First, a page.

Should everyone on the web be identified?

Should everyone on the web be identified?

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One of the great ongoing battles of the Internet in our era is over the ability to become anonymous. For many this has been a founding virtue of the network of networks, and for others it has been a dangerous myth that never really existed.

Ironically it makes sense that our perception of the way the Internet works would straddle the bounds of fantasy and reality. As Internet pioneer Vint Cerf describes it: “the idea that you can create this vast virtual space which has no bounds and is only limited by your own imagination is the thing that draws you in.”

It is the vast realm of possibility that continues to drive the innovation and euphoria that people experience when using technology and the internet. The idea that they could become anyone, and in particular, become noone. To dissolve our individual identity and yet still maintain our individual liberty. This is perhaps the primary feature of being anonymous.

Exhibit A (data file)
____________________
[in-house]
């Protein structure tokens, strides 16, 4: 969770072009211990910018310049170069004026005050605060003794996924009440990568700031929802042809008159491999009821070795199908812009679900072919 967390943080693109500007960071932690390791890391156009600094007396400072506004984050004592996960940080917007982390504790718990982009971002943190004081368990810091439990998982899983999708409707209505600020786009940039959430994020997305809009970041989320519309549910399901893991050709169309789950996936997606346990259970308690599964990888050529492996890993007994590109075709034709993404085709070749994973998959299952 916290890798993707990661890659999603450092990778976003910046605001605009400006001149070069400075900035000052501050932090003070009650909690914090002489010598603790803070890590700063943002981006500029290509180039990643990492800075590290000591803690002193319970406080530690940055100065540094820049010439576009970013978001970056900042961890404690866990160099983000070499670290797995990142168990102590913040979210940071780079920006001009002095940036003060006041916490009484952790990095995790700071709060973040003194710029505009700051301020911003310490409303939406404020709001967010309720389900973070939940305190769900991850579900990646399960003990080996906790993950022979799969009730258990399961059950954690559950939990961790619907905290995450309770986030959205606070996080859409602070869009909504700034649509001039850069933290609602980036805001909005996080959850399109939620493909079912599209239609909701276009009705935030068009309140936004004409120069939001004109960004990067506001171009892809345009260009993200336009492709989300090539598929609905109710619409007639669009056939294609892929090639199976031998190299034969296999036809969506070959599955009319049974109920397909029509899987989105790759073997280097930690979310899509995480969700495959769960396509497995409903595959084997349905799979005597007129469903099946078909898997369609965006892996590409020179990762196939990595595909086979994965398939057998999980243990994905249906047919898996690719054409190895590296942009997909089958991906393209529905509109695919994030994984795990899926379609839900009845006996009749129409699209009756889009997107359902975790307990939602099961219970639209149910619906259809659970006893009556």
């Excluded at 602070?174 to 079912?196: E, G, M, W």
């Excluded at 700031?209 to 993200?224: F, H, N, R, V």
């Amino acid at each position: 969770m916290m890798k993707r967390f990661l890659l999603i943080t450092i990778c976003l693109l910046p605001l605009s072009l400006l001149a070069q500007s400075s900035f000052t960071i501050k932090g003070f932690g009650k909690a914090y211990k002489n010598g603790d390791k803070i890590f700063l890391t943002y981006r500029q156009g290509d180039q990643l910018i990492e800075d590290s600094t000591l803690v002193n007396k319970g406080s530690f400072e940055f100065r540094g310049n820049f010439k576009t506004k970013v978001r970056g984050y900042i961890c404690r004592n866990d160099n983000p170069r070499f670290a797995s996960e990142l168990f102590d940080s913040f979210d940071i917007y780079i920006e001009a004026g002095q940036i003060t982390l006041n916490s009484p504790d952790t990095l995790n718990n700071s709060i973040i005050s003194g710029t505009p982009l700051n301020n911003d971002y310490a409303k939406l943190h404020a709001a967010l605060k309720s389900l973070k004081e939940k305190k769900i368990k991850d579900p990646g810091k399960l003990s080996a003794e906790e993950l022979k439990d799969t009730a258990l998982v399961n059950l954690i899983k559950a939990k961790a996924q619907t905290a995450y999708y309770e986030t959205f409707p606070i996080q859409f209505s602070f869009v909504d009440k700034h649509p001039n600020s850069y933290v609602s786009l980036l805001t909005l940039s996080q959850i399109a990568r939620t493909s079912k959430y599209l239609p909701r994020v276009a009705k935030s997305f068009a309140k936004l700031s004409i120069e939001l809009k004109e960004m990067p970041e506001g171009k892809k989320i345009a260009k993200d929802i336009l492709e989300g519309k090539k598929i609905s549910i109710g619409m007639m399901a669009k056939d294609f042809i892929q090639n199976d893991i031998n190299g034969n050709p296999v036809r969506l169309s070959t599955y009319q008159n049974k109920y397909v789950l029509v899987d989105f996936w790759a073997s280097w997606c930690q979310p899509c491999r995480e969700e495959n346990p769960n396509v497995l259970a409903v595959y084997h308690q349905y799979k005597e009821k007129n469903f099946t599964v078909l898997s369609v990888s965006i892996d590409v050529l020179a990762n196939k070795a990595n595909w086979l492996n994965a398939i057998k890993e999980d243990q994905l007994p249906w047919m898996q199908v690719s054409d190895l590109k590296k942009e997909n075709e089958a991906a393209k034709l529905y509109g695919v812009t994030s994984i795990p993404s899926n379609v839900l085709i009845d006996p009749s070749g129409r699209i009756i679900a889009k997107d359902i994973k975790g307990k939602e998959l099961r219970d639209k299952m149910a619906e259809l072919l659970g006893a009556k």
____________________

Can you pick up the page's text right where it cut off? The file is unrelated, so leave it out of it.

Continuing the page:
However thanks to Edward Snowden the actual technical ability to become anonymous is not so simple. Turns out our governments collectively have the ability to pretty much track and identify us all.

University of Toronto Professor Andrew Clement argues that there is no such thing as anonymity. The “NSA is well-known for that motto of “collect it all!” They have the means, diligently pursue sophisticated ways of collecting all of the information that we produce when we go online.”

Technically this may be true, yet politically, and socially, people can and will choose to believe otherwise. Whether this is delusion, or whether an expression of intent, there are still many who choose apps and websites that protect rather than reveal their identity and personal information.

Anthropologist and McGill Profession Gabriella Coleman suggests that the appeal of groups like Anonymous transcends any attempt to surveil them or control identity online. Rather they exist as a by-product of political exclusion and disenfranchisement:

“One of the reasons why I think you have phenomenon like Anonymous arising is because people feel disenfranchised. The available political channels are not available for change.”





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